Alternatively, I add them to the top rack of the dishwasher and let them get washed and baked with the dishes.

            My kitchen sink is also cleaned with bleach cleanser. That poor spong may get replaced often with all the heat and bleach abuse, but it’s the cleanest thing in the kitchen at the end of the day.

          • nonsane says:

            Bsds yr mthr?

        • Kate says:

          Recently there was an episode of Mythbusters that showed that everything in the house is as germy as a bathroom toilet seat.

          When you flush that toilet, did you think the vapor stayed in the bathroom?

    • tungstencoil says:

      Well put. You beat me to it.

    • rbb says:

      Maybe so, but there is still the issue of sitting on the remains of someone else’s explosive diarrhea.

  6. Loias supports harsher punishments against corporations says:

    Aren’t toilets still cleaner than my keyboard?

  7. Gandalf the Grey says:

    Funny, I thought it was just the banks that were dirty.

  8. Erika'sPowerMinute says:

    Which is why I punch the buttons with my knuckles.

  9. TheWacoKid says:

    As GI docs are fond of saying, “the world is covered in a thin layer of feces.” Bacteria like this are everywhere and humans are well designed to deal with it. Stop trying to disinfect the world – it’s making us sicker.

    • RvLeshrac says:

      Yes, this. When I was little, I was told to keep my hands away from my face, but keeping germs away from your body just destroys your immune system.

  10. El-Brucio says:

    Public toilet seats usually have the advantage of being cleaned regularly. I don’t recall ever seeing someone from the bank out cleaning the ATM keypad.

  11. Pheo's ghost says:

    I think all of this concern about microorganisms that are ubiquitous (and always have been) is a misplaced. Our immune systems have evolved to deal with these things very effectively. Some people speculate that recent increases in autoimmune diseases may be due to living in a too sterile environment. And what is the risk of helping bacteria become immune to antimicrobials by overuse of antibacterial soap and the like?

  12. captadam says:

    The “dirtier than toilets!” stories aren’t surprising when you think about them. What touches toilet seats? Rear ends that are inside pants all day. No, I’d rather not touch random butts, but those butts are exposed to far less than are our hands. So, I’d only expect a couple of types of bacteria to be hanging out on toilet seats, while things like ATMs, subject to touching by hands that have been exposed to so much more, would have a greater variety of bacteria on them.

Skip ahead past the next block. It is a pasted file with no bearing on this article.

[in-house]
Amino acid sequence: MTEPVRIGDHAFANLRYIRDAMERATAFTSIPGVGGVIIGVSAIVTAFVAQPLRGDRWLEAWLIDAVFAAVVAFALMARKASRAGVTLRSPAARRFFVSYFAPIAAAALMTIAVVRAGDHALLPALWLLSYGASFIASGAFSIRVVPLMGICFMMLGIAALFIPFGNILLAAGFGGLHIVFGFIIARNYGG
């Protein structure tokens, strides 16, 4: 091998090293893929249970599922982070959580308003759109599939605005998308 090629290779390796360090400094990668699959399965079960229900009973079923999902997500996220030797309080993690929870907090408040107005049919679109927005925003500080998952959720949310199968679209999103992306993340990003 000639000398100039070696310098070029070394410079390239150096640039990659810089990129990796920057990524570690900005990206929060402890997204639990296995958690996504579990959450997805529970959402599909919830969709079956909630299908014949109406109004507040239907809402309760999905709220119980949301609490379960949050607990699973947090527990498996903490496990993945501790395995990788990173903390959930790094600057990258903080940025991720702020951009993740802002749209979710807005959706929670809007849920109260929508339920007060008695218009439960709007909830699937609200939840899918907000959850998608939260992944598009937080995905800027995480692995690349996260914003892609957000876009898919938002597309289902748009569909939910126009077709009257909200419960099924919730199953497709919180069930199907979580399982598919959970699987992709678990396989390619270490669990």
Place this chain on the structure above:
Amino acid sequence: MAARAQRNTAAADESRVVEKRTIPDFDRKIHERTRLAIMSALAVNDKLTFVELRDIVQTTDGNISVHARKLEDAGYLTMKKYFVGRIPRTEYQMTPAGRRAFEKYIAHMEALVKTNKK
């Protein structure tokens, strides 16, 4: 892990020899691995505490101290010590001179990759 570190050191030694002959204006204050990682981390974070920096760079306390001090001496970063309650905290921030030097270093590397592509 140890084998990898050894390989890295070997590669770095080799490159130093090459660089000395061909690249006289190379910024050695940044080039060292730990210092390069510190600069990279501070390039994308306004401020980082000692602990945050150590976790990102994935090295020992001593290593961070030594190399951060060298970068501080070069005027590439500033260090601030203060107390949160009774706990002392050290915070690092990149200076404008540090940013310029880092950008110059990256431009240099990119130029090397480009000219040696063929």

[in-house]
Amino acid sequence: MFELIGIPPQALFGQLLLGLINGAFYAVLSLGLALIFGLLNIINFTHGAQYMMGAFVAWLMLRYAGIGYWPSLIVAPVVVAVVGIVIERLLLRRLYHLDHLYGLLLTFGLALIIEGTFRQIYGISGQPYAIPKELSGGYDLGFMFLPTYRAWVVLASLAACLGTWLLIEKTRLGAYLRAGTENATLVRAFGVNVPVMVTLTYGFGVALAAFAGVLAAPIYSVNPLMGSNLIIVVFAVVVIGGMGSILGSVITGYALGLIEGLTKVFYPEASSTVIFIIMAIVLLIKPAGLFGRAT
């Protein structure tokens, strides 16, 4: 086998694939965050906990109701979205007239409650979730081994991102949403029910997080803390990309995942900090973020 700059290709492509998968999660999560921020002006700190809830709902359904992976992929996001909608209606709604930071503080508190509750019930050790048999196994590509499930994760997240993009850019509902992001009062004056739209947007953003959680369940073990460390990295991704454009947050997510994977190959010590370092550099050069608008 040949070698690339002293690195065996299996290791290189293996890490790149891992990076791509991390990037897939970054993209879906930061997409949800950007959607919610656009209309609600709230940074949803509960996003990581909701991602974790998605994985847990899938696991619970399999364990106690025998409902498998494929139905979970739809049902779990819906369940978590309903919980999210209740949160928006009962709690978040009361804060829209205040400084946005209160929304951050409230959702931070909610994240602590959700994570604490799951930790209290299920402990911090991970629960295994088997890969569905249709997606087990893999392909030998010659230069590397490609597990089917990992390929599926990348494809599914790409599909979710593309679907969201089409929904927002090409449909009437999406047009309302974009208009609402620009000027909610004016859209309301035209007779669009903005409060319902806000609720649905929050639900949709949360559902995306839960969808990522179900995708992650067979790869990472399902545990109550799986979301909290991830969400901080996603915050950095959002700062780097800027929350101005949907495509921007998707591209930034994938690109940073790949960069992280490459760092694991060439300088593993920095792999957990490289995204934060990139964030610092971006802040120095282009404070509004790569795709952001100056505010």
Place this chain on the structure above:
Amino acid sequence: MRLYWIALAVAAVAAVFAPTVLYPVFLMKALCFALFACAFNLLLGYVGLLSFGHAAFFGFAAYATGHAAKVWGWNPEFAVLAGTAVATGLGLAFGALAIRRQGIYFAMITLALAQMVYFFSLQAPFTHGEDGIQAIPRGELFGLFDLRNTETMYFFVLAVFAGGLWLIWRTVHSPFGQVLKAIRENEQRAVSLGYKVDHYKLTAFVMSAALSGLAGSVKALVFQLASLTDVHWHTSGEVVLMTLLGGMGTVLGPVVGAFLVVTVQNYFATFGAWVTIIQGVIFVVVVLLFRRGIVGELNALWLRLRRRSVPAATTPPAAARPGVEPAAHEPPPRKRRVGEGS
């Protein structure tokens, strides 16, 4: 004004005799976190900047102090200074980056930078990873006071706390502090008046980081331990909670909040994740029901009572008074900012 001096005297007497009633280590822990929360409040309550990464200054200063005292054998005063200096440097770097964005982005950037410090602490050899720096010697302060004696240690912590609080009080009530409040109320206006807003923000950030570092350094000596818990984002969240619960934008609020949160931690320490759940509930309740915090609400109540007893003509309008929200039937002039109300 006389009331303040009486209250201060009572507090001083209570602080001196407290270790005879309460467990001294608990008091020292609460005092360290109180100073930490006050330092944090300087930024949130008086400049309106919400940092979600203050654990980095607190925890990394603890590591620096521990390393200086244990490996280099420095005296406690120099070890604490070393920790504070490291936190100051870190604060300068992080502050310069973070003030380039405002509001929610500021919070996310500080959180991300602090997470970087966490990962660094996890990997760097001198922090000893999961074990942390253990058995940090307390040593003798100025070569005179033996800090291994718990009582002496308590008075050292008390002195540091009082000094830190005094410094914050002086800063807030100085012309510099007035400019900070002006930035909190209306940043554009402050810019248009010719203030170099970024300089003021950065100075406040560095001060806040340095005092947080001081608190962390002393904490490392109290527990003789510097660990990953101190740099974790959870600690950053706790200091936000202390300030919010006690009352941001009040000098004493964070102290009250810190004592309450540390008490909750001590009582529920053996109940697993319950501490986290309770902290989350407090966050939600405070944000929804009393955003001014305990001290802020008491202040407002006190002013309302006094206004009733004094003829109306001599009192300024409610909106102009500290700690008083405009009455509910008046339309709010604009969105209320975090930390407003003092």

13. Mulva says:

    Elevator buttons, pens used at check out, the check out PIN pads and styluses, bathroom door handles, shopping carts…

    You have to live a little, build up that immune system. With of course the obligatory “except for those with compromised immune systems, then yes, yes, wear gloves, wash hands immediately, etc.”.

    I wonder if the study that came out years ago that the first stall in a public restroom is usually the cleanest because no one uses it for fear it was the most used was negated by all the people who started using the first stall after the study’s release? Makes me chuckle.

    Too much “awareness” these days…

  14. mike says:

    So…you’re saying ATMs aren’t dirty?

    It’s been said earlier in the comments but most PUBLIC toilets are cleaned everyday with bleach (at least mine are at work). However, I only clean my house toilets once every other week.

  15. qbubbles says:

    I, for one, take every opportunity I can to give my immune system a workout. Of course, I say this as I’m nursing a cold that my germ filled daughter gave me from daycare. Whore.

    • Awesome McAwesomeness says:

      +1 for calling your kid a whore. I called mine a bitch once when she was inside my belly trying to extend her foot out of the side of my stomach.

  16. qbubbles says:

    I, for one, take every opportunity I can to give my immune system a workout. Of course, I say this as I’m nursing a cold that my germ filled daughter gave me from daycare. Whore.

  17. MedicallyNeedy says:

    Thought it interesting:
    “There are more slot machines in the United States then ATMs.” Lesley Stahl on last Sunday’s 60 minutes.

  18. cbutler says:

    It is why i always use my knuckle on atms.

  19. Awesome McAwesomeness says:

    I think I’ve read repeatedly that public toilets aren’t really very germy, so this isn’t saying much. I, however, do keep antibacterial hand gel in my car for occasions like these.

  20. dumblonde says:

    News reports like this are getting old. Just wash your hands regularly. Everything you touch that other people touch and isn’t kept clean is dirtier than a toilet seat. handrails, door handles, telephones… that’s why the first thing I do when I get home is wash my hands. but seriously, bacteria are everywhere. so what else is gonna be dirtier than a toilet seat? people’s skin?